US Marijuana Party

Wednesday, April 25, 2007

Hub cop may resign after guilty plea in shooting

By Michele McPhee
Boston Herald Police Bureau Chief
Tuesday, April 24, 2007

A veteran Boston police officer is expected to resign from the force after pleading guilty yesterday to charges he shot a fellow cop during an off-duty argument about whether he was too drunk to drive, officials said.
Officer Paul Durkin, 50, entered the guilty plea yesterday, just days before his trial on assault and battery charges was expected to start. He also indicated in court that he would turn in his badge after 27 years of service to the Boston Police Department, entitling him to a city pension.
Prosecutors said that after a night of drinking June 22, Durkin pulled his service revolver out and shot Officer Joseph Behnke outside that cop’s West Roxbury home. Behnke was shot in the left hip, and was brought to the hospital by his wife, a nurse.
Durkin was indicted by a grand jury in September. Behnke is still out on paid administrative leave awaiting the results of an internal investigation, BPD spokeswoman Elaine Driscoll said yesterday.
Judge Janet L. Sanders sentenced Durkin to three years’ probation and ordered him to undergo alcohol treatment, said Jake Wark,spokesman for the Suffolk County District Attorney’s office.
The sentence was applauded by BPD Commissioner Edward Davis last night. “Violence is unacceptable in our society and anyone who engages in violent behavior must be held accountable,” he said in a statement.
Durkin’s attorney, George Murphy, could not be reached last night.

Monday, April 23, 2007

How to Stop the Next Campus Shootings

Bring Back the Posse
April 21

Friday, April 20, 2007

HAPPY 420!!!

I have some major news to share with all of you that I can hopefully release by the end of today. In the meantime...Happy 420!!!


Thursday, April 19, 2007



Monday, April 16, 2007

12 states give OK to medicinal cannabis

St. George Daily Spectrum, UT
Apr 14, 2007

Somebody finally got it right. Gov. Bill Richardson recently signed a bill that makes New Mexico the 12th state in the Union to allow medical use of marijuana.

How Richardson and the state legislature got it right was by deciding that instead of just allowing the compassionate medical practice, it would get into the business of producing and distributing the herb, something Alaska, California, Colorado, Hawaii, Maine, Montana, Nevada, Oregon, Rhode Island, Vermont and Washington have not quite come to grips with.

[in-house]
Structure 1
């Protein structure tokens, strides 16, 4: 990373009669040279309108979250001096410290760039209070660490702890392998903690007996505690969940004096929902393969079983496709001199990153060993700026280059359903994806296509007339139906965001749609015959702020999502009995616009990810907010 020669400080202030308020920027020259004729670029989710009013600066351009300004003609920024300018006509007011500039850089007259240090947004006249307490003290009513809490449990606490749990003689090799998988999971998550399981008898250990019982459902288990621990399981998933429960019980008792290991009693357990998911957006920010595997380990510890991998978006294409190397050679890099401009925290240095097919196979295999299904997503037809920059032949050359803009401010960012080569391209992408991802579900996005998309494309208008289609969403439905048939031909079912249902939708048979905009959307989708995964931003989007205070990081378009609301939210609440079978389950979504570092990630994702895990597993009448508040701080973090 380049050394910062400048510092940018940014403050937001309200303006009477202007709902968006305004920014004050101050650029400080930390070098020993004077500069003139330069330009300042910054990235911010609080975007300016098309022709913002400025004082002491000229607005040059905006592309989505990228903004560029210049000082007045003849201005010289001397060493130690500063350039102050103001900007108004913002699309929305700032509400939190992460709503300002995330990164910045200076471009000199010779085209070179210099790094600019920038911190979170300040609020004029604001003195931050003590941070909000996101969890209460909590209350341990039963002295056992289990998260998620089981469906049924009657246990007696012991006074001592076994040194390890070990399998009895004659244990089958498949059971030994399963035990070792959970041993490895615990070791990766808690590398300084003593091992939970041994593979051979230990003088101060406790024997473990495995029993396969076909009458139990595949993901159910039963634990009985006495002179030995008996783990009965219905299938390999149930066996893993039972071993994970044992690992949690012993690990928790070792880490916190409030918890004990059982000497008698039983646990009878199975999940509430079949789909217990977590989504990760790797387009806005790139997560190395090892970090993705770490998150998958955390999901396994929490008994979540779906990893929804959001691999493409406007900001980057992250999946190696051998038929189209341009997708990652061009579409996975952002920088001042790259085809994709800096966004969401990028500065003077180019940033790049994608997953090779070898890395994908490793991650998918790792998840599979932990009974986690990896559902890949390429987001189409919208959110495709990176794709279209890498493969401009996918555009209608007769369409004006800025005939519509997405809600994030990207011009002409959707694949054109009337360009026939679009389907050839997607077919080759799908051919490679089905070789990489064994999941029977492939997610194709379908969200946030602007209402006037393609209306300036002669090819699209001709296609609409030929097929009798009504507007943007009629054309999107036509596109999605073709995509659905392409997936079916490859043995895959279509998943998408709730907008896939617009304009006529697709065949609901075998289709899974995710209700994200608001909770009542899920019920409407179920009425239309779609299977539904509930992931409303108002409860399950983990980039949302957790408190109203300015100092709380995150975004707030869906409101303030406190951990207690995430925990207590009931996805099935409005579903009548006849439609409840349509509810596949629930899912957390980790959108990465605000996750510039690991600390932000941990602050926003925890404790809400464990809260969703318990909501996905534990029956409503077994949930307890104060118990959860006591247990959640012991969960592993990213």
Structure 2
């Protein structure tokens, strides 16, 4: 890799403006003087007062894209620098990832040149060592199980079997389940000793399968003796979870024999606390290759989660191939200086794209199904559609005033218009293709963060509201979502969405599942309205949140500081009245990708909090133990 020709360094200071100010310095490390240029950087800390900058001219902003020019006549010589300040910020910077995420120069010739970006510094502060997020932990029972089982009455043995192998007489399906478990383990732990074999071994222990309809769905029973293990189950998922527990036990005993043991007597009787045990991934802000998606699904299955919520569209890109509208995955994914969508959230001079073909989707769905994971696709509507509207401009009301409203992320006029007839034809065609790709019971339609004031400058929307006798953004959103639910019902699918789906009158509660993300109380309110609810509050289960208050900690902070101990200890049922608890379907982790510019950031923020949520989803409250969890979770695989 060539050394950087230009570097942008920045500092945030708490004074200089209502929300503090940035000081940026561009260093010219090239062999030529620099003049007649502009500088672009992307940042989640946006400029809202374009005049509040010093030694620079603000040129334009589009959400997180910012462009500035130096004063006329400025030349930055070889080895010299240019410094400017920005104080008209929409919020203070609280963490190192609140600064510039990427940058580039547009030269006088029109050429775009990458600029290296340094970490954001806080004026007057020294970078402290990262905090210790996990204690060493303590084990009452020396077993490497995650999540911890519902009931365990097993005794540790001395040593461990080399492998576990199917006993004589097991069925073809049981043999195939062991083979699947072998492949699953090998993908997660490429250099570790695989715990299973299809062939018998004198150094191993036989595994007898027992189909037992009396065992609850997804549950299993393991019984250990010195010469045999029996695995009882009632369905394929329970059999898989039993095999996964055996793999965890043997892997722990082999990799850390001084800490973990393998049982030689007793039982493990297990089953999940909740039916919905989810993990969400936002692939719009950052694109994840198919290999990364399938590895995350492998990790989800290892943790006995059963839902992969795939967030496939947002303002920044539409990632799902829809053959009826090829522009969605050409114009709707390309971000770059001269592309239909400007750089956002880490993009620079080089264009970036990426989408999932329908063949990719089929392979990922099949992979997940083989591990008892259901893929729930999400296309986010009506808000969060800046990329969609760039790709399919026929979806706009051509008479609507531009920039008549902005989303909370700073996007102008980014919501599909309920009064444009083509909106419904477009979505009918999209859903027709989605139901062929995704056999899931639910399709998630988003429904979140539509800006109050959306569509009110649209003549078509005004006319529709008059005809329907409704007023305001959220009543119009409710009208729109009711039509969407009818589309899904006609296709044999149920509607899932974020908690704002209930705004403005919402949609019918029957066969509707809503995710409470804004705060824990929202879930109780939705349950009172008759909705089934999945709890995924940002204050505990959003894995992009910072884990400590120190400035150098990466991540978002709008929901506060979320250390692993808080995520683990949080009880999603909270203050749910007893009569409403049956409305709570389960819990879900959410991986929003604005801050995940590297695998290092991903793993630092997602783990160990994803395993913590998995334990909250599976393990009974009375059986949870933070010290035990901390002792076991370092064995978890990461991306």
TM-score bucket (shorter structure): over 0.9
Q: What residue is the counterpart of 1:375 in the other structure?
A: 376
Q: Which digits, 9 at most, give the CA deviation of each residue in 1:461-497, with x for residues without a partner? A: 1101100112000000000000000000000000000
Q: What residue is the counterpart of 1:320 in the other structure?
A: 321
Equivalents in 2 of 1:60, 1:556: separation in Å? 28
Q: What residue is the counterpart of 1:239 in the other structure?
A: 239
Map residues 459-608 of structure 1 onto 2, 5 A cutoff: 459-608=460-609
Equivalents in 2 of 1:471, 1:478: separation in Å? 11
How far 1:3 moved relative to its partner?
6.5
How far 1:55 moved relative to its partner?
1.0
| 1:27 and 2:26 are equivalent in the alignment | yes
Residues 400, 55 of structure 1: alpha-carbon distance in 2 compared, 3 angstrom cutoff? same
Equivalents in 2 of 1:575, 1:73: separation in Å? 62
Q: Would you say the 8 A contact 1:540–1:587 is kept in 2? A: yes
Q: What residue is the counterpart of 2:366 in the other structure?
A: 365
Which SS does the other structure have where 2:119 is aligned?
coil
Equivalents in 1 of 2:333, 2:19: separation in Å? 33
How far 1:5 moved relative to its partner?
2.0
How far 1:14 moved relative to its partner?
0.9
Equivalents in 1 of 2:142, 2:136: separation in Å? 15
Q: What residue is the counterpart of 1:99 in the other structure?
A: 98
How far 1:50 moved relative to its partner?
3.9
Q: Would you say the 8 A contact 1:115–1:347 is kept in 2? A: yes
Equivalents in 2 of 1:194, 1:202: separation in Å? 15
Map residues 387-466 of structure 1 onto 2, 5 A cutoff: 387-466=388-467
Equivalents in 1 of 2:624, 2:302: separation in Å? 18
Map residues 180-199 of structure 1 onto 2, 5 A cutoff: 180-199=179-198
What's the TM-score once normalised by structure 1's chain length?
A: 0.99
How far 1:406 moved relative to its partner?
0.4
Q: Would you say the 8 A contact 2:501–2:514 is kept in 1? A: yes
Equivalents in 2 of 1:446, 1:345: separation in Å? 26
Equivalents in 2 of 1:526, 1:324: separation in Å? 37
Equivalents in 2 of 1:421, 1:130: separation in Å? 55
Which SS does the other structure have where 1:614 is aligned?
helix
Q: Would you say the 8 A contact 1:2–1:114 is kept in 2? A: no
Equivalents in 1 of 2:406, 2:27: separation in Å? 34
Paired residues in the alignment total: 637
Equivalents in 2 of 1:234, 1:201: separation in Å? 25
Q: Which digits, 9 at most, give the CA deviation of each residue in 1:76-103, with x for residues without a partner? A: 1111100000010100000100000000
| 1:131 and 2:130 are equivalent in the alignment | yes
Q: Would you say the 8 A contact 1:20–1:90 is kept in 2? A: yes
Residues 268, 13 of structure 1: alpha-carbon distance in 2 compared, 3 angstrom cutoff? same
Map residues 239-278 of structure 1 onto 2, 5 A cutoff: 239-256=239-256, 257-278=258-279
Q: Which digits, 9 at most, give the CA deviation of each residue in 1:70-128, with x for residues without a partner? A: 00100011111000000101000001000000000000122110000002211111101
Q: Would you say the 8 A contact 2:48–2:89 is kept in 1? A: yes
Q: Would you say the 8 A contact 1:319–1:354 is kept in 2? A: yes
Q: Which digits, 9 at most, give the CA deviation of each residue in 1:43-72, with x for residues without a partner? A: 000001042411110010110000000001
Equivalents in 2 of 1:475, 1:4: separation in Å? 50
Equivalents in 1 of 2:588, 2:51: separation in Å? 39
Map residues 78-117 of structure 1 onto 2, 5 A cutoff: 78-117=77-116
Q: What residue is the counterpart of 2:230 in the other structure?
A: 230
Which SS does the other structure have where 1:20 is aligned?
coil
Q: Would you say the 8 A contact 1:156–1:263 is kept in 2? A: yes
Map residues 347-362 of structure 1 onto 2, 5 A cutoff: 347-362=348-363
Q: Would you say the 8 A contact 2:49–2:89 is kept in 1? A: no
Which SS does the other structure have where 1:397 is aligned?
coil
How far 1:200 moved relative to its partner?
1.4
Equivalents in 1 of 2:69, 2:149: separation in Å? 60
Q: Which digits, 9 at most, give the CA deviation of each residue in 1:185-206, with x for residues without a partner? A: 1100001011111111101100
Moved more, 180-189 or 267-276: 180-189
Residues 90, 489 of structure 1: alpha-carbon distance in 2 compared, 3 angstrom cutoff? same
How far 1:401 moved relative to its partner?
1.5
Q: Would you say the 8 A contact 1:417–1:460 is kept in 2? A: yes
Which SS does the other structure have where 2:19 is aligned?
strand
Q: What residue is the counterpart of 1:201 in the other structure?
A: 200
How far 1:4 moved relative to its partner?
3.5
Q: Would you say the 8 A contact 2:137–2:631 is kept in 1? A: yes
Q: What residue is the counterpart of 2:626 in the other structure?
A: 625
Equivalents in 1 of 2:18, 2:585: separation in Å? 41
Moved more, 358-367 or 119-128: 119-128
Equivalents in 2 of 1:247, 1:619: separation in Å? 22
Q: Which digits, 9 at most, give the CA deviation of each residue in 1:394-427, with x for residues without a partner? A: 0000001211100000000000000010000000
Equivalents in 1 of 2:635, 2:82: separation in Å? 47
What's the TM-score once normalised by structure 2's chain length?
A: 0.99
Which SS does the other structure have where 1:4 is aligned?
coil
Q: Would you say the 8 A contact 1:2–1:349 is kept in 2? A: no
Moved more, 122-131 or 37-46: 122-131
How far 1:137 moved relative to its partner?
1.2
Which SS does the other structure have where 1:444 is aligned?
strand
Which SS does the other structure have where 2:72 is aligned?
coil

In New Mexico, you will soon be able to go to your doctor who, if it's appropriate, will write a prescription for medicinal cannabis. The patient will then make a purchase through a state-regulated facility.

No more argument about how many plants a medical marijuana patient may cultivate, no more arguments about the compassionate shops that sell cannabis even though they face the risk of federal drug agents raiding their legal stores, no more concern that those who use the drug are also cultivating it for sale.

It's all neat, clean and tidy.

Now, before you get on a high horse about this, let's make it perfectly clear that this is a plea for the legalization of marijuana for medicinal uses. Legalization for recreational use is a different issue. This is about medicine.

Imagine that your doctor says you have a medical condition for which there is no cure, one that will slowly rob you of your quality of life - from impotence to immobility. The condition is guaranteed to result in unrelenting pain that will, in fact, grow worse.

You'll get Lortab, Demerol or Oxycontin for pain. You'll get Soma or Skelaxin to relax the muscles. Probably some Prozac, Lexapro or Zoloft to help with depression and some Xanax or Valium to relieve those moments of high anxiety. Don't forget the Viagra or Cialis to maintain an intimate relationship with your partner, or other meds specific to your condition. And, you'll wind up addicted to one or more of these meds, guaranteed. Not so with cannabis.

According to a Mayo Clinic report (, researchers believe cannabis can aid in the treatment of nausea that accompanies chemotherapy or HIV/AIDS, glaucoma, Multiple Sclerosis, spasticity from spinal cord injuries, depression, chronic pain and other disorders.

Cannabis is more gentle on the system and less addictive than those other harsh drugs. It's cheaper. And dosage can be easily regulated by the patient.

Our kids? Recent studies indicate sedatives and painkillers are more popular than marijuana, with alcohol and tobacco the most frequent "gateway" drugs.

I really hope you never hear the Doc say "There's no cure."

But, if you do, I hope by then the government overcomes its prejudices against a medicine that can be of tremendous value to many, that is gentler on the body and can be much more affordable.

MP taught victim to shoot heroin, court told

Dan Proudman and Andrew Clennell
Sydney Morning Herald, Australia

MILTON ORKOPOULOS befriended a 16-year-old boy and plied him with alcohol, cannabis and heroin - and taught him how to shoot up - while he sexually abused the teenager over three to six months, police allege.